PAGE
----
(cba:news) stars for october

Joe Patterson jop at astro.columbia.edu
Mon Oct 10 17:44:16 EDT 2016

Hi CBAers,

Here's a good menu for October nights.  Plain-text file. I might have 
forgotten an important star, so feel free to ask!  Also, I hope to see 
some of you in Boston next month (AAVSO).

joe p
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                                                        October 10, 2016.
Dear CBAers,

New month, new stars.

As some of you know, Enrique spent the summer in New York, and we scrambled
to get some of our projects concluded while we had that opportunity.  We
had a few single-star successes (ES Cet, RX2133+51, IM Nor; and CD Ind from
Gordon Myers)... but the most amazing accomplishment, to me, was his
successful phase-up of the "spin pulses" of 8-10 DQ Her stars.  The period
changes in these stars have always been puzzling.  Some are spinning up,
some are spinning down, some are doing both (not simultaneously!).  I've
always been pessimistic that I would ever solve this problem, but kept
the campaigns going year after year, since we're the only people able
and willing to do it.  I thought we were basically stockpiling data for
someone *else* to figure it out many years from now.
But Enrique solved it this summer.  He found, basically, that you can
measure accretion rate by measuring the spin-up rates.  The DQs with Porb
exceeding 3 hours show 10**-8 Mo/yr, and those with Porb<2.5 hours show
10**-10 Mo/yr.  So far, no exceptions!

Of course we'll keep these campaigns going.  Once you have established the
cycle count over many years, the amount of coverage needed to extend it is
pretty small.


V704 And.  We need a few weeks of very extensive coverage.  Long as possible,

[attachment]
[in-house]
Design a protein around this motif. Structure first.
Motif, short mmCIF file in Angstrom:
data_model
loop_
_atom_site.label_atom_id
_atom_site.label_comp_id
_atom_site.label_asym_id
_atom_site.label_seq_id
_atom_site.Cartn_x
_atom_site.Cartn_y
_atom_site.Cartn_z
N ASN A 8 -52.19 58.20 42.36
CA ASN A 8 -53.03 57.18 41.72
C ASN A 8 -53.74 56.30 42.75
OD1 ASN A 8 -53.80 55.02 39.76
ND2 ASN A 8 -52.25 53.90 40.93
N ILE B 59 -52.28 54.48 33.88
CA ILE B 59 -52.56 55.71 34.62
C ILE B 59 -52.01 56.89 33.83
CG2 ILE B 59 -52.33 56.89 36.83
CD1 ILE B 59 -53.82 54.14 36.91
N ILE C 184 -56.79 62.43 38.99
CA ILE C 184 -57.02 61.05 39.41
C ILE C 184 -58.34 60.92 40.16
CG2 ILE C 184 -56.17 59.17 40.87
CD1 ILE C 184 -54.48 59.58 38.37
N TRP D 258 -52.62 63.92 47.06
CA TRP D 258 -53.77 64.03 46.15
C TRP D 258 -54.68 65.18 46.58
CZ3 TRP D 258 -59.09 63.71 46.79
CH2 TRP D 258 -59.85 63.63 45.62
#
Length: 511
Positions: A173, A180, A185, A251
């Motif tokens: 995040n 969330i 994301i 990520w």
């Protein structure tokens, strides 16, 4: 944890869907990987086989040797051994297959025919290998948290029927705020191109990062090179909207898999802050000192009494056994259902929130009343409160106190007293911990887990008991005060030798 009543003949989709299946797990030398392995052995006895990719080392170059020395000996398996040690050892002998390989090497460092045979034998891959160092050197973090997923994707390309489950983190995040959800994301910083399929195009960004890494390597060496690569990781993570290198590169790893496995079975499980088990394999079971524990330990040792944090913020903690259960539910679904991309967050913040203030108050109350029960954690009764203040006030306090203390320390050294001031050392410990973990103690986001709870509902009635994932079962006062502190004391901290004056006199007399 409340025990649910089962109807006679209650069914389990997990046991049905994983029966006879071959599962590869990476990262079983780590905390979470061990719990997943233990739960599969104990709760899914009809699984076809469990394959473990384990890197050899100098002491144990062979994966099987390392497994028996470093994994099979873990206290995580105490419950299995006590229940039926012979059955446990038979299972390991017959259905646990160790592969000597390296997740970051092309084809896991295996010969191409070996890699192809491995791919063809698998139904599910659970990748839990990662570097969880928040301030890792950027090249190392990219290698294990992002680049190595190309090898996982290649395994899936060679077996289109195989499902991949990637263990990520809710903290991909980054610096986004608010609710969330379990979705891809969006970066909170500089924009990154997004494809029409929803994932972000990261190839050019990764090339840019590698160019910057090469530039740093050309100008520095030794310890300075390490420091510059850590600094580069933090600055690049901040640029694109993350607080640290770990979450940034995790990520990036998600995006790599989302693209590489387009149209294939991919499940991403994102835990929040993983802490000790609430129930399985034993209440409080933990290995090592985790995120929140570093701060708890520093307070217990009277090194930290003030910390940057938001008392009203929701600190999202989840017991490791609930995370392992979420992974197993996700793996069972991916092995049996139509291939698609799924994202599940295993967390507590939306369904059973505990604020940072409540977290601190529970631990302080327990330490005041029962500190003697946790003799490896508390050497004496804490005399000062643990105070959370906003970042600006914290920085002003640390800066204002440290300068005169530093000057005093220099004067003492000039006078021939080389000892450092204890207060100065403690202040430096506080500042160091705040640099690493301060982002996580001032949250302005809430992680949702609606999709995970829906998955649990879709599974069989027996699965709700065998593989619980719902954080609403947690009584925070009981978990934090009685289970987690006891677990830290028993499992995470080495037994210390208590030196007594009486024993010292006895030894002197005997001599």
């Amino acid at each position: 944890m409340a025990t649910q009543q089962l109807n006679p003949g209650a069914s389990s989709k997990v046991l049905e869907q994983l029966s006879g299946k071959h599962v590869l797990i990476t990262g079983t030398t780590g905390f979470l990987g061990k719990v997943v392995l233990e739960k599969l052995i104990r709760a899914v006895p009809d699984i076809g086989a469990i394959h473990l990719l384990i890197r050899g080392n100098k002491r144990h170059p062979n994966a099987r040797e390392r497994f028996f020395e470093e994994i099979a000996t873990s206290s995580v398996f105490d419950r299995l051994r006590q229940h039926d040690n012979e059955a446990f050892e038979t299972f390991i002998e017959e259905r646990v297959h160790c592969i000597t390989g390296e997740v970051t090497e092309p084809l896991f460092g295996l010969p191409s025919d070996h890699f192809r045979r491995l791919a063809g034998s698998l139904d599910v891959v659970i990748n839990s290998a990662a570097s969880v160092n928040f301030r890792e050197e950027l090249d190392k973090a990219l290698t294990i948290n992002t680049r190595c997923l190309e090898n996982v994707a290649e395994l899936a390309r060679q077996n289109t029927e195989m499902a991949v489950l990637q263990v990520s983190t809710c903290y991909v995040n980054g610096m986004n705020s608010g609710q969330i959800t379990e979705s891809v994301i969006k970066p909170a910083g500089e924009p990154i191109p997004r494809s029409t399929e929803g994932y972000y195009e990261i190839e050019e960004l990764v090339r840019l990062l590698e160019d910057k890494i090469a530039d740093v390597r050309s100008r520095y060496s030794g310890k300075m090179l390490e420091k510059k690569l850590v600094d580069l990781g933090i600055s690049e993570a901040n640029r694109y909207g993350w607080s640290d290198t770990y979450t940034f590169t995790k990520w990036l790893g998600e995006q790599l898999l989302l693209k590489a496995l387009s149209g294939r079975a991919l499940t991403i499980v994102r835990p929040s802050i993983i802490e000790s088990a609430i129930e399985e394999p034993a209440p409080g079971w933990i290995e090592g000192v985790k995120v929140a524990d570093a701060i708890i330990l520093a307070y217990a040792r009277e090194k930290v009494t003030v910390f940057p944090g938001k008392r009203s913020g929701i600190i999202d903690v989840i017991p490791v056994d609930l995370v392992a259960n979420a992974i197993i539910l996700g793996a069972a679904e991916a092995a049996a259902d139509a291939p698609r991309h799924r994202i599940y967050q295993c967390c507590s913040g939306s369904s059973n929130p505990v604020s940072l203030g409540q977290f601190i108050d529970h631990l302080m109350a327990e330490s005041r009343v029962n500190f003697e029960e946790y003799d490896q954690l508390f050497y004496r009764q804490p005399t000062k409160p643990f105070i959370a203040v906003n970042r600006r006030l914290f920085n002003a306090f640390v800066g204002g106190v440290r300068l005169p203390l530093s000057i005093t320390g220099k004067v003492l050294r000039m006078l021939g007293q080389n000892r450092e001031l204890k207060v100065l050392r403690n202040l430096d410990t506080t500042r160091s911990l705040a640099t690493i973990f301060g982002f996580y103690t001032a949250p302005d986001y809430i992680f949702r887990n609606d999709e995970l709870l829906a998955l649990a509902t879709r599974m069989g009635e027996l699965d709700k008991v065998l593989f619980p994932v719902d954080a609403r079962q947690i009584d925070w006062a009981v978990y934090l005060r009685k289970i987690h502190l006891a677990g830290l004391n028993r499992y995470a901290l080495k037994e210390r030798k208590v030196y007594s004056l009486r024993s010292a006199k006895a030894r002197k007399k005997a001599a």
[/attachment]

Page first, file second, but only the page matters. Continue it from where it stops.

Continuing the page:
as frequent as possible for a few weeks.

RX And.  Many-telescope campaign going on now from space.  Let's support it
as best we can.

V592 Cas.  Bright, perfectly placed in the northern sky, and a star that
has so far concealed its secrets from us.  FS Aur: same story.

ES Cet.  The star is faint and with a very fast period (10 minutes).  But    
let's get a few more timings on it before completing our study.

Each of these stars calls for a "campaign" - an intensive series of nightly
observations.  Others are somewhat more speculative; we need to look at a
few runs and see how promising is the star.  Some are pretty faint, too;
I *think* we can get good data on them, but it remains to be proven.

T Pyx (just coming out in the morning sky, I hope).  If you can get 2 hour
runs, that would be good.  Longer is better, of course.

HZ Pup, also just coming out in the morning, maybe.  If not now, then as
soon as you can manage 2 hour runs on it.

HV Cet. 19th mag, a stretch - but "high priority" if you can manage it.

V1500 Cyg and V Per.  18th mag, but ex-novae, which have become our favorite
kinds of targets.  Can you get 'em?

That's it.  Enrique, can you advise on PX And?  The coverage looks
amazingly good, but I haven't analyzed the actual data.

joe p

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